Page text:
“I think the reasons we fight so much about the Supreme Court are probably still there,” says Nunziata. At the same time, “we could start a conversation in the public and in the Senate on what a fair process looks like.”

The best time to start such a discussion is when there is not a vacancy at stake, he says. He points to the work of the bipartisan “Gang of 14” senators, who in 2005 negotiated a temporary ceasefire in the filibustering of federal judicial nominees proposed by President George W. Bush. Many members were pointedly not on the Judiciary Committee, and were considered moderates.

Only two of those senators remain in today’s polarized Senate – Sen. Susan Collins (R) of Maine, who cast the deciding vote for Kavanaugh after a long and detailed floor speech explaining her reasoning, and Sen. Lindsey Graham (R) of South Carolina, who gave a fiery defense of Kavanaugh at the final hearing and excoriated Democrats for “the most unethical sham” he’s seen in his years in politics. Senator Graham could become the Judiciary chairman next year, and if that comes about, “I’m going to remember this,” he told the panel.

Some also point to a longer-term possibility to defuse the nomination process – term limits for justices, rather than lifetime appointments, so that each nomination does not seem so earth-shattering. 

“It’s possible. People are getting pretty desperate,” says Carl Tobias, a professor at the University of Richmond School of Law in Virginia. Whether it would require a constitutional amendment is not clear, he says.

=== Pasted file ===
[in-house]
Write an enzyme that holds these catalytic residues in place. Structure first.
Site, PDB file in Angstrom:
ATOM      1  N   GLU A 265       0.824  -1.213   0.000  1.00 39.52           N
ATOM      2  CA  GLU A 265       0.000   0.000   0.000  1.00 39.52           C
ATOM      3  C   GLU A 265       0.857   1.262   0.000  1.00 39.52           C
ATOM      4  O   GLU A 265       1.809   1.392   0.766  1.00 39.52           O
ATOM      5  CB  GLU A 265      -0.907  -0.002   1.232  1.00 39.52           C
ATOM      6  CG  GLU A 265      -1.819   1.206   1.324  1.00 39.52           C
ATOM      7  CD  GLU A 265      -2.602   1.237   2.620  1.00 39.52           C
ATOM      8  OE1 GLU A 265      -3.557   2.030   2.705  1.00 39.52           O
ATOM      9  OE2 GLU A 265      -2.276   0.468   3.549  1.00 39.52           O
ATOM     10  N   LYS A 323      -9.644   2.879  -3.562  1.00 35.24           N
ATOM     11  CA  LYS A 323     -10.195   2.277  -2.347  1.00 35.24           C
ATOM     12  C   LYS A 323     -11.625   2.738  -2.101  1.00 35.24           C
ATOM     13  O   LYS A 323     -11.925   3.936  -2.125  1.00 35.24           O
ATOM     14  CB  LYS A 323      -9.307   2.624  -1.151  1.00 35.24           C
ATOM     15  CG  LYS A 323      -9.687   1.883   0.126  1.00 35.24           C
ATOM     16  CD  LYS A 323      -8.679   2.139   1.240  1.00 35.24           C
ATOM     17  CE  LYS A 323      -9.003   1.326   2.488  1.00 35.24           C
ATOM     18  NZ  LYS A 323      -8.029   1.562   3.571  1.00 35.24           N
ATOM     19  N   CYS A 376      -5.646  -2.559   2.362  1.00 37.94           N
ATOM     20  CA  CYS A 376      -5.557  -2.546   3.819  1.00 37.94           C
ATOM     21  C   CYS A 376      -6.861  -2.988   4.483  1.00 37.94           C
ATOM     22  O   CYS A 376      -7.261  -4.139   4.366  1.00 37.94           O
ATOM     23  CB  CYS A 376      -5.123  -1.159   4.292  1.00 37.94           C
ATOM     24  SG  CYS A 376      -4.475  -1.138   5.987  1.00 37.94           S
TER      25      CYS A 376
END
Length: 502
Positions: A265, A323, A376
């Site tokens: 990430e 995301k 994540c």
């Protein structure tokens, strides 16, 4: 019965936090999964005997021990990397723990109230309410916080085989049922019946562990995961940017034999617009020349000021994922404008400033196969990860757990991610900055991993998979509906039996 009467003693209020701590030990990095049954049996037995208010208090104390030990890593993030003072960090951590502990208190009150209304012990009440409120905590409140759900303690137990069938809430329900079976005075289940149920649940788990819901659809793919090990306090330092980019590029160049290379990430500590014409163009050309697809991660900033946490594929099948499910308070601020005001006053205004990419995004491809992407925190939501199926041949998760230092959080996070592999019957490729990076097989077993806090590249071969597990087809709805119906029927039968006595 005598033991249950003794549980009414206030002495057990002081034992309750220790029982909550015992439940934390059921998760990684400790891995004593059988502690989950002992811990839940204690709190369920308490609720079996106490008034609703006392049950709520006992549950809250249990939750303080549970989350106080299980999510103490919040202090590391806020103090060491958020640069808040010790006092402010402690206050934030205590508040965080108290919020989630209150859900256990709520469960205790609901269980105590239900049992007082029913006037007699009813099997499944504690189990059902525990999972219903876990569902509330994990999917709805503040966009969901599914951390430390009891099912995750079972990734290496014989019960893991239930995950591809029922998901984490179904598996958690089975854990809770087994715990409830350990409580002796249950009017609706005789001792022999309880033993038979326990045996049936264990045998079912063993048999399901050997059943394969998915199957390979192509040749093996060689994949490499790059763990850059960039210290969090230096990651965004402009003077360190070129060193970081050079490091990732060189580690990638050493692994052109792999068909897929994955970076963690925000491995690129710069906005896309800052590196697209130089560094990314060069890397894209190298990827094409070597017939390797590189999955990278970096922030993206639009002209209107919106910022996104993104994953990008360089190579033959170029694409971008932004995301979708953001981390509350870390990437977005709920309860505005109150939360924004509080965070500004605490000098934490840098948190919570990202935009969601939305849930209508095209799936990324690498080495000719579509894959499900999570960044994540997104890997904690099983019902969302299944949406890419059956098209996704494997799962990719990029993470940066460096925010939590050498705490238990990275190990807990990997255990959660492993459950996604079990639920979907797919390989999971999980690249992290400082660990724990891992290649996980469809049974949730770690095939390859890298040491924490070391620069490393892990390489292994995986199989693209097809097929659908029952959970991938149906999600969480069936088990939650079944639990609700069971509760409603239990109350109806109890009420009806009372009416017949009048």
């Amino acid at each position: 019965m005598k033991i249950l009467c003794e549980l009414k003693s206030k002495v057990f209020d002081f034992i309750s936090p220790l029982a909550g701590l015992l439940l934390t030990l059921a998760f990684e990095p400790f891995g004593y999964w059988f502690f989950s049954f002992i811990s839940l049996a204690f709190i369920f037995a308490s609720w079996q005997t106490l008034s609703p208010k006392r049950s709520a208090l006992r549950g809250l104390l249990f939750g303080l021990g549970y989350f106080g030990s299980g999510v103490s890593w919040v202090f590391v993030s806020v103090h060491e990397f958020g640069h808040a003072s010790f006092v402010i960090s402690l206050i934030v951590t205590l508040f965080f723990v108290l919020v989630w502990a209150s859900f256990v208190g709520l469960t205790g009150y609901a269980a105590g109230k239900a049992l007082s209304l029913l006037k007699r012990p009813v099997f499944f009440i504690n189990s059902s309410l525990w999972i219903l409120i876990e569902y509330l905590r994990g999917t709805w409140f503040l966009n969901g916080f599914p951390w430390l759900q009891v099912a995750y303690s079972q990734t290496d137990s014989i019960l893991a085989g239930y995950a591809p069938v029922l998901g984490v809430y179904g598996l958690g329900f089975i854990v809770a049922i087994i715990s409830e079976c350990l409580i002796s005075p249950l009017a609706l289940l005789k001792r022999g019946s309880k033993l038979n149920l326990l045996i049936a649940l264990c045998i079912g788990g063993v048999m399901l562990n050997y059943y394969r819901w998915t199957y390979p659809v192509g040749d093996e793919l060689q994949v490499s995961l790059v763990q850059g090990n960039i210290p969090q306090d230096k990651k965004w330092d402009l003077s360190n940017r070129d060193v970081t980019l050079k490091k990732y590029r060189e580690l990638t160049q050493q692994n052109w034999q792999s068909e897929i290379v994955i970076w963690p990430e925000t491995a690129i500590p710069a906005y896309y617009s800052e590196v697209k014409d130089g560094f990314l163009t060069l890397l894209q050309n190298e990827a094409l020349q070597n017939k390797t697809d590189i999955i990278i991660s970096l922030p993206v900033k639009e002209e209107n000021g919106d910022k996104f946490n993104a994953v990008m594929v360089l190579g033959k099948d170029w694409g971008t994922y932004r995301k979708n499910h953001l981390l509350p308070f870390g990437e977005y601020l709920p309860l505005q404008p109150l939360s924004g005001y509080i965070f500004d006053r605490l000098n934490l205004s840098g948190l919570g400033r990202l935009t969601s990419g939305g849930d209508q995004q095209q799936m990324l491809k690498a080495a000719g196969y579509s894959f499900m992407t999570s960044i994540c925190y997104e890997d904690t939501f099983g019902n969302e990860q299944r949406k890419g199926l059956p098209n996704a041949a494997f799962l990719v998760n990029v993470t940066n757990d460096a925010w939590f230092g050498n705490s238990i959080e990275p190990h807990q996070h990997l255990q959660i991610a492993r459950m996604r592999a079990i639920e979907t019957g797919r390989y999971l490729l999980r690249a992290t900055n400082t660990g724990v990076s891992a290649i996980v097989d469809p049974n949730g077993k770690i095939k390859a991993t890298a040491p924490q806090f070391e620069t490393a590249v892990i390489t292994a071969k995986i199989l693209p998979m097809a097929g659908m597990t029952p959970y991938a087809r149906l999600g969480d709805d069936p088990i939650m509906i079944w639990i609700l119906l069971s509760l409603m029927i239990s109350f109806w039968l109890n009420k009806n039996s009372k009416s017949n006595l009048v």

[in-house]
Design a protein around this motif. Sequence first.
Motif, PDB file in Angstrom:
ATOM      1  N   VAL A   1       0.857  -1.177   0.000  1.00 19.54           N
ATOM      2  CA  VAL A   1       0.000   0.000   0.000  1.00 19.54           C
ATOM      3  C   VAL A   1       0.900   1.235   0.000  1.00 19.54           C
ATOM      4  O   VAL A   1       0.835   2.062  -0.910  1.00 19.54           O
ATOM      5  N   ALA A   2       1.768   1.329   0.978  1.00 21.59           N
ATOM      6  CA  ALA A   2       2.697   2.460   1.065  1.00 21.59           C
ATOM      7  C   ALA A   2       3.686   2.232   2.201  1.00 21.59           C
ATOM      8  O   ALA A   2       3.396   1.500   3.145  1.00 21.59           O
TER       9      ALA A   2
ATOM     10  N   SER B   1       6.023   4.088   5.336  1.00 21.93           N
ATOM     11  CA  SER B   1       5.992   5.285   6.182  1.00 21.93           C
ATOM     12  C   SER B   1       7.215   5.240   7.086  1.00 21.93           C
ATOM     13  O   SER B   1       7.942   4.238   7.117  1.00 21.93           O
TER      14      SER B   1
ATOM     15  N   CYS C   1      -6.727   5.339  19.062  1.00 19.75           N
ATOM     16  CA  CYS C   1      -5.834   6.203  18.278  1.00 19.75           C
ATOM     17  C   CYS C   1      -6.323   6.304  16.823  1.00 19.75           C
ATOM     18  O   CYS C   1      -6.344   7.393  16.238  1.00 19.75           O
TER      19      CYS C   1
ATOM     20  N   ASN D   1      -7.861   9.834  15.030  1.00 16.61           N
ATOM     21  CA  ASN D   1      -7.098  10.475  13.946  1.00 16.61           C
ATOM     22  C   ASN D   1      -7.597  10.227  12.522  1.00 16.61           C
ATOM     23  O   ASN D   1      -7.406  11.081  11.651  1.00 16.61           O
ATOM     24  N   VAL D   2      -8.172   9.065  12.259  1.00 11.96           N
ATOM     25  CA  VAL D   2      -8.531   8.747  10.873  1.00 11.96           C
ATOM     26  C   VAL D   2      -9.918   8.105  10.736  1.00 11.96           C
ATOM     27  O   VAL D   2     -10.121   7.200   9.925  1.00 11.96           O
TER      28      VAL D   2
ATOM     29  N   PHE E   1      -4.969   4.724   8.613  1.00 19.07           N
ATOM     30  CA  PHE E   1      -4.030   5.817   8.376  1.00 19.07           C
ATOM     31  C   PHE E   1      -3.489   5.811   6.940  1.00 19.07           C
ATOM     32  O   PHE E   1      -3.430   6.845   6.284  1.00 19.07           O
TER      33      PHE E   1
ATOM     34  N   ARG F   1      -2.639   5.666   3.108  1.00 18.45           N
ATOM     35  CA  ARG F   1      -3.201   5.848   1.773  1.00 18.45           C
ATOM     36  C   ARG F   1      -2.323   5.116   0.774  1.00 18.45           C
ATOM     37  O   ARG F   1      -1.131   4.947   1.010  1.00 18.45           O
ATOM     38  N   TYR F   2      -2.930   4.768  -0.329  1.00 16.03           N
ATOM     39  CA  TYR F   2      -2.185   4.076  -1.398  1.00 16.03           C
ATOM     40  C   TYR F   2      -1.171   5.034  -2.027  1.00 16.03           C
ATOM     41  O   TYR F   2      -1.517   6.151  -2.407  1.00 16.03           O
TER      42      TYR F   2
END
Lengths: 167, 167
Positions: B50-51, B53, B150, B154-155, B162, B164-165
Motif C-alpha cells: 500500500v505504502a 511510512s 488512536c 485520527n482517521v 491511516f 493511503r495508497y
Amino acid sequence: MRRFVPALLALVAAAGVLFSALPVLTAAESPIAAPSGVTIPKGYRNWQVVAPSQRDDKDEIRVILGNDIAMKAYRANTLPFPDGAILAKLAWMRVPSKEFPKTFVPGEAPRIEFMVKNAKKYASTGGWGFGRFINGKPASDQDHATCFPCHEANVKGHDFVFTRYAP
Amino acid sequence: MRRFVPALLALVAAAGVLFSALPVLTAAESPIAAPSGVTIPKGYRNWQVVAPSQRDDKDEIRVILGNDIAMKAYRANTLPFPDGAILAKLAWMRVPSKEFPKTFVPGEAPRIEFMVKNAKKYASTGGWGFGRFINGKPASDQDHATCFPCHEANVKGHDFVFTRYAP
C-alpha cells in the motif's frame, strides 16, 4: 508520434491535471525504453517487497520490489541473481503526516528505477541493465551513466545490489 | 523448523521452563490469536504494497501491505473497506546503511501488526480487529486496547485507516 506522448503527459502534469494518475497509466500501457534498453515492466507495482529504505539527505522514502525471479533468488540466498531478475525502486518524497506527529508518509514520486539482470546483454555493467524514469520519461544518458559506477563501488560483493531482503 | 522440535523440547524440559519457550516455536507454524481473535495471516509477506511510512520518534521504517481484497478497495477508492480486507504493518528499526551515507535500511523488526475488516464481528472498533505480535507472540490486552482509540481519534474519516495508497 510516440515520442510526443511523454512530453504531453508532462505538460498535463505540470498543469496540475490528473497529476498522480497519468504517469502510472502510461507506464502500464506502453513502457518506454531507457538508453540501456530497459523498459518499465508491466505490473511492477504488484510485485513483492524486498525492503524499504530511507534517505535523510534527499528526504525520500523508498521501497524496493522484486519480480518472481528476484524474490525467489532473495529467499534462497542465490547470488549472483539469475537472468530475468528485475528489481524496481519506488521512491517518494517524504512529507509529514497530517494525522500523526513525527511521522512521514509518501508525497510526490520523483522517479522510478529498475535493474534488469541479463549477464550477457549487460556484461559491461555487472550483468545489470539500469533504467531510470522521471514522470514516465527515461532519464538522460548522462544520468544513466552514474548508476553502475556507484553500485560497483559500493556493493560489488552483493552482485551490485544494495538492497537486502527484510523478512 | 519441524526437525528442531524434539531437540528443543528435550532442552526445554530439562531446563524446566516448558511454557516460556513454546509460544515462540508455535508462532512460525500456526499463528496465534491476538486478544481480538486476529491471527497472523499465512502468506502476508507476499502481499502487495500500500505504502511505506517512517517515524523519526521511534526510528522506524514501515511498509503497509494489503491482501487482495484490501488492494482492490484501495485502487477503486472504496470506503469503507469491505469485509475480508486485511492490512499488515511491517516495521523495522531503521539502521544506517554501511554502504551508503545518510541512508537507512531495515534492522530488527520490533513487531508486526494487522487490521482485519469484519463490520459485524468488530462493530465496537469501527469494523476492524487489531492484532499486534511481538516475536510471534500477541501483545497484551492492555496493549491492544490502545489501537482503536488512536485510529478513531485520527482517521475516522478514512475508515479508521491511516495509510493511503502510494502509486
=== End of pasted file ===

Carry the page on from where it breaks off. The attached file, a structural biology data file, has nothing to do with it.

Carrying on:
Coons has a far easier idea, and a first step.

“The way [to] calm down is by our getting back to work, finding things we can do together, and receding from some of the sharpness of what’s been said,” he told the Monitor.  

He gave an example of that effort in his talk at the Atlantic Festival. When he came back from Senator McCain’s funeral in Phoenix, he reached out to several newer Republican senators with whom he has a shared interest, background, or committee.

“I said, bluntly, ‘I want to come get to know you. I want to come to your state. I want to come to your home. I welcome you to mine. I’d like to go to worship together. I’d like to give a speech together. I’d like to find a way to legislate together.’ Because if there aren’t people I can work with, there is really no point in my being here.”